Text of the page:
The natural catch every year is reducing and sustainably-farmed seafood is already attracting premiums abroad.

Price fluctuation and a general inflation around sea catch will inevitably move people more towards farmed seafood.

We, at Cambay Tiger, are eagerly studying the changing consumer buying and taste patterns and constantly evolving ourselves to meet the changes.

What are the challenges in the domestic market?
Challenges and opportunities co-exist. Almost 98 per cent of the existing seafood market is not organised.  So, there is a very large opportunity to organise it.

Also, the high-quality protein is currently not affordable for a large section of the population, and we see enough scope to increase its accessibility through distribution techniques and make it more affordable.

The other big challenge is the uncertainty around seafood. People are far more comfortable with poultry in terms of handling it, buying at and cooking it.

This is also where a lot of marketing work needs to be done to help the market get more comfortable with seafood.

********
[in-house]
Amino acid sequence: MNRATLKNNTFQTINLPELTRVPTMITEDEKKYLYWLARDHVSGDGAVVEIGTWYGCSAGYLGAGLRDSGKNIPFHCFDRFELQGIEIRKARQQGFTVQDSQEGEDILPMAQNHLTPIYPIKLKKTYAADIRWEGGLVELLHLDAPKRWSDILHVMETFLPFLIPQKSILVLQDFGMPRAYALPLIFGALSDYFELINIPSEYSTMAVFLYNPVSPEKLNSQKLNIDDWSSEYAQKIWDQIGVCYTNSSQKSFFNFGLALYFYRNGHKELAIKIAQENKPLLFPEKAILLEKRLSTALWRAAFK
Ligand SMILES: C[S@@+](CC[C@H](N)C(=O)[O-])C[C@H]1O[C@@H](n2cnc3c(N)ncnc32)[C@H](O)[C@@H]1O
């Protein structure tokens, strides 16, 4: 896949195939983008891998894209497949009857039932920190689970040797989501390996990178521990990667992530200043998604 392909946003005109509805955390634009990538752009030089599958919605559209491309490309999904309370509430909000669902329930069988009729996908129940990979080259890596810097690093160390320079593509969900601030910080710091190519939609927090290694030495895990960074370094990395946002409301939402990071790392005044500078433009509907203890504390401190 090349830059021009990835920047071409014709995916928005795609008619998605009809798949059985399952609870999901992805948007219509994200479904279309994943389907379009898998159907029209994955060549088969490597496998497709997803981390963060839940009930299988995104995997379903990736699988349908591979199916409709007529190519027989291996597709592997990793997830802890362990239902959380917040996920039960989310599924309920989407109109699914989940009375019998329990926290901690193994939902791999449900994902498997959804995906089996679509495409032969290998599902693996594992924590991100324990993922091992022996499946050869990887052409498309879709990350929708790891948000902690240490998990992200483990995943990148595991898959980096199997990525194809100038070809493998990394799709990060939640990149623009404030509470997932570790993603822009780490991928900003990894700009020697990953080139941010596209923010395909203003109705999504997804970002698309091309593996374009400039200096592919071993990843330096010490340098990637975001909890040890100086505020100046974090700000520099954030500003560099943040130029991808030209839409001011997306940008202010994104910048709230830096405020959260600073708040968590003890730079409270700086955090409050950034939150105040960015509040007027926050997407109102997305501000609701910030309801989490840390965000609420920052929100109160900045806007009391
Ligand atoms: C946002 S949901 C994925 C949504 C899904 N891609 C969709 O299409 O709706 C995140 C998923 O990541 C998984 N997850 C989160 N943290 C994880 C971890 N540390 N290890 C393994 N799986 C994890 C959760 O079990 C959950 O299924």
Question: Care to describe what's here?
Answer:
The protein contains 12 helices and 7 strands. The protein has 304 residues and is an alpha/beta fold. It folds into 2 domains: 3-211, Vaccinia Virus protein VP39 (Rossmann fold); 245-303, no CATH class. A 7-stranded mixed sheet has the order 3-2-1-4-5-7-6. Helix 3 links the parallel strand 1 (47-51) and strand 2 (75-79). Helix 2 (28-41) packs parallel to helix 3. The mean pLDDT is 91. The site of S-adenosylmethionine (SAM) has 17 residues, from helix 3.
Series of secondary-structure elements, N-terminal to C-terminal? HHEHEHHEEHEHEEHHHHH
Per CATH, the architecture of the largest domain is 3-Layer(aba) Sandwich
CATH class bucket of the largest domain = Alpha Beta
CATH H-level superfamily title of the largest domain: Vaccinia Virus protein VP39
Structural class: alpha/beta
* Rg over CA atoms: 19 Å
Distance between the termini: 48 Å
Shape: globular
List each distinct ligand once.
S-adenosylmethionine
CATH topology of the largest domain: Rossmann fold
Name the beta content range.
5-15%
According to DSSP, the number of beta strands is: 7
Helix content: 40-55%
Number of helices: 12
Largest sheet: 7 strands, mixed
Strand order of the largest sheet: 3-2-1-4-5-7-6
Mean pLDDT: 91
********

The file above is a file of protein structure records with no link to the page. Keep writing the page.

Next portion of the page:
There is a large market of people new to seafood who lack the knowledge of buying or cooking fish.

We engage with these customers, by hosting cooking sessions at their homes through our expert culinary teams and help them make seafood a larger part of their diet.

From being a manufacturer of seafoods, you have ventured into retailing? What was the idea behind setting up your own shops?
Seafood is a delicate produce, which spoils easily. So one has to be extra sensitive in its rearing, storing, transporting and selling.

As seafood experts, we wanted to leverage our backward integration and the trust and reputation our brand enjoys to showcase how we believe seafood should be handled and sold.

This has led us opening our first Cambay Tiger Seafood Mart (CTSM) in Bandra, Mumbai, followed by Lokhandwala (Mumbai) and Defence Colony, Delhi.

CTSM is a boutique shop that gives a unique shopping experience of buying seafood. The ambience, design, display, and human resources encounters at the mart have been tailored to give customers a first-of-its-kind seafood buying experience in India.

Provide details about brands and product range available at your stores.